Parents may pass faulty genes to their children, causing the disease to develop in the child.

    Cystic fibrosis;

    sickle-cell anaemia

    Physical

    Physical damage to the body.

    Any disease that causes permanent or temporary damage to any tissues, organs or other structures of the body

    Leprosy;

    autoimmune diseases;

    cancer

    Mental

    Changes in brain chemistry; mental or physical trauma

    Any disease affecting the mind.

    Schizophrenia;

    depression;

    anorexia

    Diseases may alternatively be categorised simply into two categories; communicable diseases and non-communicable diseases.

    Communicable diseases can be passed on from one organism to another. They include all infectious diseases since infective pathogens can be passed on between organisms.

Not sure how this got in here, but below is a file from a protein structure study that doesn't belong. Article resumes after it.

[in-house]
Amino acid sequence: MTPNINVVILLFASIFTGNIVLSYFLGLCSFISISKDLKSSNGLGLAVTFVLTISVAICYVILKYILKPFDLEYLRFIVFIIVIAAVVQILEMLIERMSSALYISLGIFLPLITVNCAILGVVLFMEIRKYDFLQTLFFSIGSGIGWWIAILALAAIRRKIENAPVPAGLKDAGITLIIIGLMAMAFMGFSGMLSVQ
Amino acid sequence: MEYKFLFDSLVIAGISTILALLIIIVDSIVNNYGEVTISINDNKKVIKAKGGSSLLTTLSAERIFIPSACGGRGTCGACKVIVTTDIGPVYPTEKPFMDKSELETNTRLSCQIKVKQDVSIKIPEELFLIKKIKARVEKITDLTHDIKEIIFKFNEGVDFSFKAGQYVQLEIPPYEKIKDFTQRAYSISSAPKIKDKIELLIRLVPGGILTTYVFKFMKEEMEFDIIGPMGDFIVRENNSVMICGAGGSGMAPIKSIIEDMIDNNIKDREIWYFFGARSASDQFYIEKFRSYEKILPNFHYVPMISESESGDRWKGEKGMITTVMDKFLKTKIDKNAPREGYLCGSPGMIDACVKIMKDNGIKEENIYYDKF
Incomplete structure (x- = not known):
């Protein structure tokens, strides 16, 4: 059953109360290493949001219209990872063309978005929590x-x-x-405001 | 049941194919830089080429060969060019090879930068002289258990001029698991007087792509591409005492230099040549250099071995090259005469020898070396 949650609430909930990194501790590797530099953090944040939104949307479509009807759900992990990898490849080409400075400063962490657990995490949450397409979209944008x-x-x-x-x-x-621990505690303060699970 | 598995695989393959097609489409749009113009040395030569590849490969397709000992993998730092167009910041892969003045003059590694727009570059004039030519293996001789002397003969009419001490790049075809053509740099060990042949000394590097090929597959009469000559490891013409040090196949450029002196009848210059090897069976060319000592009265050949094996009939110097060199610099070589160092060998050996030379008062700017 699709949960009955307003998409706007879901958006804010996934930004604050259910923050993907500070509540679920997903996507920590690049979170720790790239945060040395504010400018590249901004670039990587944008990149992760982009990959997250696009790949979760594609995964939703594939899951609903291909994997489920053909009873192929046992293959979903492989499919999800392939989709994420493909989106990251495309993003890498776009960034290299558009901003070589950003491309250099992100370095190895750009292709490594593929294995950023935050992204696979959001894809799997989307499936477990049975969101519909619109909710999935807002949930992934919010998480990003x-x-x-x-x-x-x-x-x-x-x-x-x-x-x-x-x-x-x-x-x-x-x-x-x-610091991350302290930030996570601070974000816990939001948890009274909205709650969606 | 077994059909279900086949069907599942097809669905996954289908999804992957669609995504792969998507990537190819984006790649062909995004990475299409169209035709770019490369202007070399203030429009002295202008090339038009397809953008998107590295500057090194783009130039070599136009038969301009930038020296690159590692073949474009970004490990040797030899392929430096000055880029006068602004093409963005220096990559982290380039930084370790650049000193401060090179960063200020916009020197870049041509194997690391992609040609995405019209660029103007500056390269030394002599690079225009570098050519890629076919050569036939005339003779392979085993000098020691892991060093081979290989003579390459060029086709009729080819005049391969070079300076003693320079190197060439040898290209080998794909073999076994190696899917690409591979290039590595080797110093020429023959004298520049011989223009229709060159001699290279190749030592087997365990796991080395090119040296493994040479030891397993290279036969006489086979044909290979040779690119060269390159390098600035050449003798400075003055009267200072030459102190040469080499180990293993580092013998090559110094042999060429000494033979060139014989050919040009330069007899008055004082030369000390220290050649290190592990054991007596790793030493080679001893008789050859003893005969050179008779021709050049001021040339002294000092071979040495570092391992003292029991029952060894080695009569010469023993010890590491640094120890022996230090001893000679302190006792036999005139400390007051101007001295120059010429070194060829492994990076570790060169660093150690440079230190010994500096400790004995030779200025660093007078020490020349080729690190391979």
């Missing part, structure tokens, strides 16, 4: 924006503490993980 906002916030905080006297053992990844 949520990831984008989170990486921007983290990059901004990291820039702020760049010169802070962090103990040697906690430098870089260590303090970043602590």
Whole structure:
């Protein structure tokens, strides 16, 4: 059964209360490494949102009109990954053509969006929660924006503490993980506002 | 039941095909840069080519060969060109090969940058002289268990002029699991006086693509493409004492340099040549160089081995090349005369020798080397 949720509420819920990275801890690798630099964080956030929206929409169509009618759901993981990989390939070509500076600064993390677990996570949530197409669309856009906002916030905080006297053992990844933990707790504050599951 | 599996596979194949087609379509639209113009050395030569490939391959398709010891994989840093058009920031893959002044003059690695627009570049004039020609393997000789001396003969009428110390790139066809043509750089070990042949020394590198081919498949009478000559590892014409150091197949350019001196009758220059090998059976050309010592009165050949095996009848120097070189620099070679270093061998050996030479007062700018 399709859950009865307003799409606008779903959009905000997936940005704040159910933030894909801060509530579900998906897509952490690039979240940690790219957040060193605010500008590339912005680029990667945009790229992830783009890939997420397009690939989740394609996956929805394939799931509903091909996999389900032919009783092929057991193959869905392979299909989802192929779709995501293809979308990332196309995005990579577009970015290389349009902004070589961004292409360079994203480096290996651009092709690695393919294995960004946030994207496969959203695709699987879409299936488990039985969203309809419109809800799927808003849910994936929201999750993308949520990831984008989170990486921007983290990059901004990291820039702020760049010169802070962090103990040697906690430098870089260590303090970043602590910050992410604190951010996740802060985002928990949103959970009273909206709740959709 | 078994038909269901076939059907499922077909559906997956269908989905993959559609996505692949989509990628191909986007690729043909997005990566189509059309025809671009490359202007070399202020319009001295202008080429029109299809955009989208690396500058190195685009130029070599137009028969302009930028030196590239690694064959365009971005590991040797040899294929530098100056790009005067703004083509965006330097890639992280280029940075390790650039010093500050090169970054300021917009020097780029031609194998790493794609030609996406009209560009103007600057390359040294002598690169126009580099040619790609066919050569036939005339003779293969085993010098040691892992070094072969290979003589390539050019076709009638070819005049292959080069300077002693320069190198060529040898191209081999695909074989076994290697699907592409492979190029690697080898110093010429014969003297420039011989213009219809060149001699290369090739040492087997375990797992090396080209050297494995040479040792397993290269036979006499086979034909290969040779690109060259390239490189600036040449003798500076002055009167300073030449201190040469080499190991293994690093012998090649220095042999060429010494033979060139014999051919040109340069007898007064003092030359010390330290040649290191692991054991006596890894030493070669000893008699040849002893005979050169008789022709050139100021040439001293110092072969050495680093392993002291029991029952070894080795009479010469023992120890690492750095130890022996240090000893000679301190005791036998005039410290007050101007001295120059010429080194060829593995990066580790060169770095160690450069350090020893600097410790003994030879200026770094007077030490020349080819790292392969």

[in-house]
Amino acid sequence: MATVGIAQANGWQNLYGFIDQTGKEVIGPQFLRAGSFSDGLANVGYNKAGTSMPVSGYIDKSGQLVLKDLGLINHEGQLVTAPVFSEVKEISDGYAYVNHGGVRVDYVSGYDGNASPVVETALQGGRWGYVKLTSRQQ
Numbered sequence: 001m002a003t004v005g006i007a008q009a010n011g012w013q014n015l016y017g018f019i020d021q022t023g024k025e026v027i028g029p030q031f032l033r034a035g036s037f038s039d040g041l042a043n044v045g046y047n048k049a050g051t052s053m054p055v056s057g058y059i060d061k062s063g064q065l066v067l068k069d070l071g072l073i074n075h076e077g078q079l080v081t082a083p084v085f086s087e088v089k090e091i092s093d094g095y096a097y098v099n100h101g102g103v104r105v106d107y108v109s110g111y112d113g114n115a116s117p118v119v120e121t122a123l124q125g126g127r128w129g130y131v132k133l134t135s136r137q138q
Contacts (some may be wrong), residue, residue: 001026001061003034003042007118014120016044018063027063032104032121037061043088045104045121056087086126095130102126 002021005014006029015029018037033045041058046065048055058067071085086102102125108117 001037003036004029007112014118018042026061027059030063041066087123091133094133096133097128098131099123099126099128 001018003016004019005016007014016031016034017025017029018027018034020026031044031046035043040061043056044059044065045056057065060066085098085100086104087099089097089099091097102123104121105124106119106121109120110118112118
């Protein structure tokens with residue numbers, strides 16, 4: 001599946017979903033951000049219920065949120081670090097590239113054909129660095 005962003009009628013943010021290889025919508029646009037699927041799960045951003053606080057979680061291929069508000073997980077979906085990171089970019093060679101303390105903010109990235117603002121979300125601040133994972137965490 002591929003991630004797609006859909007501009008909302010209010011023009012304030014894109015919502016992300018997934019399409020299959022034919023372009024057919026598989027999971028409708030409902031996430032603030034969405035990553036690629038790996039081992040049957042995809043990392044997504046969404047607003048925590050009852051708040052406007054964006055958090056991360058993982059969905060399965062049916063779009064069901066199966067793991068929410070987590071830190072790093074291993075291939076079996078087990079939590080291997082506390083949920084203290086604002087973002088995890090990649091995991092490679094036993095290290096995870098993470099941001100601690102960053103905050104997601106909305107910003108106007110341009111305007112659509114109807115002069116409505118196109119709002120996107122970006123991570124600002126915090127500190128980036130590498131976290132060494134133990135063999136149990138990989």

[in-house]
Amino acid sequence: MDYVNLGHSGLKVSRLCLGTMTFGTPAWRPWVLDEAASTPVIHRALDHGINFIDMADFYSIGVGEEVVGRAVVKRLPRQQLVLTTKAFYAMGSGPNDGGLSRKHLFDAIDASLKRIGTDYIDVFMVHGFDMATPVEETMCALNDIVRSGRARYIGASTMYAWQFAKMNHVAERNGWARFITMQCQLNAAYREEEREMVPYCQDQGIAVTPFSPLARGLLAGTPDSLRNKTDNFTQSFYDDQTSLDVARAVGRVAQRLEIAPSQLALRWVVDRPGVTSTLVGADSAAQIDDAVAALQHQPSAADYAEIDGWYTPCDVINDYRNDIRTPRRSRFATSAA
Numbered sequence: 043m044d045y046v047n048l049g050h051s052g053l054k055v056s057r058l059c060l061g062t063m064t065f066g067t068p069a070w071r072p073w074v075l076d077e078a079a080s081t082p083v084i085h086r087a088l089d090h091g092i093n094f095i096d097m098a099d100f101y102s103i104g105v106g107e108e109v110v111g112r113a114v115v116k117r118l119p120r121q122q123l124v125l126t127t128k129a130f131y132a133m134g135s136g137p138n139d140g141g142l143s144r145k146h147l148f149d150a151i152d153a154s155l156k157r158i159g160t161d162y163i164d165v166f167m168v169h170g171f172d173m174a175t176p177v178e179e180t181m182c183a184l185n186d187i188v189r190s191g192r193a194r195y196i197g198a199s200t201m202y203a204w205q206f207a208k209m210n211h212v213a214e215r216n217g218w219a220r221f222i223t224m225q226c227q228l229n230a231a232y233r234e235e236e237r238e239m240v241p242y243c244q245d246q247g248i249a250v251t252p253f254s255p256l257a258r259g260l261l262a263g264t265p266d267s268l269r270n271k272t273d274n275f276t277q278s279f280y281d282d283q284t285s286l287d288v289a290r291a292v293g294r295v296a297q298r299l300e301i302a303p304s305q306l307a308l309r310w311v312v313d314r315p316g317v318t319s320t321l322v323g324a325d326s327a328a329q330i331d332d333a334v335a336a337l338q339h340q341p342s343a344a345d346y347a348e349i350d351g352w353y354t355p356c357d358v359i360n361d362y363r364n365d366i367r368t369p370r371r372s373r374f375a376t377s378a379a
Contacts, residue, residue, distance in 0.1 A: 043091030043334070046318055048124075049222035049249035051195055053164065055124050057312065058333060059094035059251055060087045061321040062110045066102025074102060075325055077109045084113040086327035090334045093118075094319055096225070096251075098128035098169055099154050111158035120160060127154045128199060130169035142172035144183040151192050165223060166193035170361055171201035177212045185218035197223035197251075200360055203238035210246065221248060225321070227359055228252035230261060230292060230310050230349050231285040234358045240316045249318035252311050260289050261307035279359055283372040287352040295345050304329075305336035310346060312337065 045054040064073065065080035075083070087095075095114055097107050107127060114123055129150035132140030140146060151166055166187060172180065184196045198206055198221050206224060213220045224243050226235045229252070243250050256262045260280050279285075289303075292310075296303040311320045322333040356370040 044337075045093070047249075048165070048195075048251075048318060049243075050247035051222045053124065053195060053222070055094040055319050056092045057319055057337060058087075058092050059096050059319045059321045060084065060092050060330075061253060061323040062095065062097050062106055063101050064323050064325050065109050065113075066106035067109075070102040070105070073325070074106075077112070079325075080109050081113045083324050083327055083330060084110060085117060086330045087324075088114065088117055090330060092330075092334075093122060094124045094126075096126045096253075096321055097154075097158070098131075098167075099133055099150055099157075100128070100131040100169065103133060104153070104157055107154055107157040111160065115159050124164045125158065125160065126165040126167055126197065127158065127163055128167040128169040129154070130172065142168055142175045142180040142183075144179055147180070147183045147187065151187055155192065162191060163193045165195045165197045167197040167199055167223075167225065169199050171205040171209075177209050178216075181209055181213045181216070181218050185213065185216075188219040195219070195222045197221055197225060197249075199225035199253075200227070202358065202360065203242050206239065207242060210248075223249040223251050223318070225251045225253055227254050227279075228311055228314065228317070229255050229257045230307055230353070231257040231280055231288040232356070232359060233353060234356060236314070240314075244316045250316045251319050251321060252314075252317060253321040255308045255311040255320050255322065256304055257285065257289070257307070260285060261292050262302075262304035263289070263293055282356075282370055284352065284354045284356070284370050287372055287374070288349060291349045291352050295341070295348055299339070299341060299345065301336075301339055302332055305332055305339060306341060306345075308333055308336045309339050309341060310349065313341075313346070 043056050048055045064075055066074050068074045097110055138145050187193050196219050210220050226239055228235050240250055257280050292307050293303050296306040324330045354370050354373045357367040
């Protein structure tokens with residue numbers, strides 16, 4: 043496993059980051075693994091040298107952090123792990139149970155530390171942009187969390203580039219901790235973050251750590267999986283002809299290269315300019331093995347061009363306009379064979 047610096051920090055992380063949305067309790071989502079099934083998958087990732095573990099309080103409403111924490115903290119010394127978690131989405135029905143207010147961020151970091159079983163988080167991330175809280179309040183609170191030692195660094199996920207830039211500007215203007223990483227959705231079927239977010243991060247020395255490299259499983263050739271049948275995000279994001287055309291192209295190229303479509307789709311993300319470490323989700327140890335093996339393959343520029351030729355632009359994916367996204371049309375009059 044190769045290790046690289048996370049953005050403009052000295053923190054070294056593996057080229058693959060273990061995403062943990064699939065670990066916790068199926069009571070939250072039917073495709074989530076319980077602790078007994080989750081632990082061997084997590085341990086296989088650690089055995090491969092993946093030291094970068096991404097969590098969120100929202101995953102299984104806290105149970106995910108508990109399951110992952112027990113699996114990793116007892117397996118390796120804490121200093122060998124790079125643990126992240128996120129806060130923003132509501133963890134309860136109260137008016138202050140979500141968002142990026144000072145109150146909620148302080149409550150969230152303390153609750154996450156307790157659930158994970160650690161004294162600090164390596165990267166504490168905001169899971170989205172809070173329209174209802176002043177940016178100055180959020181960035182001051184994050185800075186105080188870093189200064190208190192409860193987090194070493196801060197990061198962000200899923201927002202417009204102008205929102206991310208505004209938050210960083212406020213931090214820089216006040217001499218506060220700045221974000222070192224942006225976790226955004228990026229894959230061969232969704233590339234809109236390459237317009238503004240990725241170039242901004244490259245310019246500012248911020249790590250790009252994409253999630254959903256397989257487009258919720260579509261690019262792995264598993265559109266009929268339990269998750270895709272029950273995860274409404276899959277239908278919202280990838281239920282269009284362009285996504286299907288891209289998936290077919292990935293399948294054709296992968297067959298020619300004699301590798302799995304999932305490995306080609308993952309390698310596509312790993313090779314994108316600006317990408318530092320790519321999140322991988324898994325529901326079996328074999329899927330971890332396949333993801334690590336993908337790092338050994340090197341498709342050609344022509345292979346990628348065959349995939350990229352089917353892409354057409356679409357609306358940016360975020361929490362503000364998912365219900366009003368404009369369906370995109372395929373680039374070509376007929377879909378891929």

Non-communicable diseases cannot be passed on from one organism to another, including every disease except infectious diseases.

    Interactions between different types of diseases

    Sometimes, communicable diseases can cause or increase the likelihood of developing a non-communicable disease.

    Take HIV, for example. HIV, which stands for Human Immunodeficiency Virus, is a virus that attacks the immune system, causing AIDS - a communicable disease. The virus infects and replicates inside immune cells in the blood. The virus particles eventually burst the cells, killing them in the process. Thus, the new virus particles can infect more immune cells and weaken the immune system quickly. This makes it easier for other diseases to develop in the patient; for example, AIDS patients are more likely to develop a type of skin cancer called Kaposi’s sarcoma, caused by the Epstein-Barr virus, or develop cancer (a non-communicable disease) because the immune system is unable to fight the growth of cells as it would if it were in healthy conditions.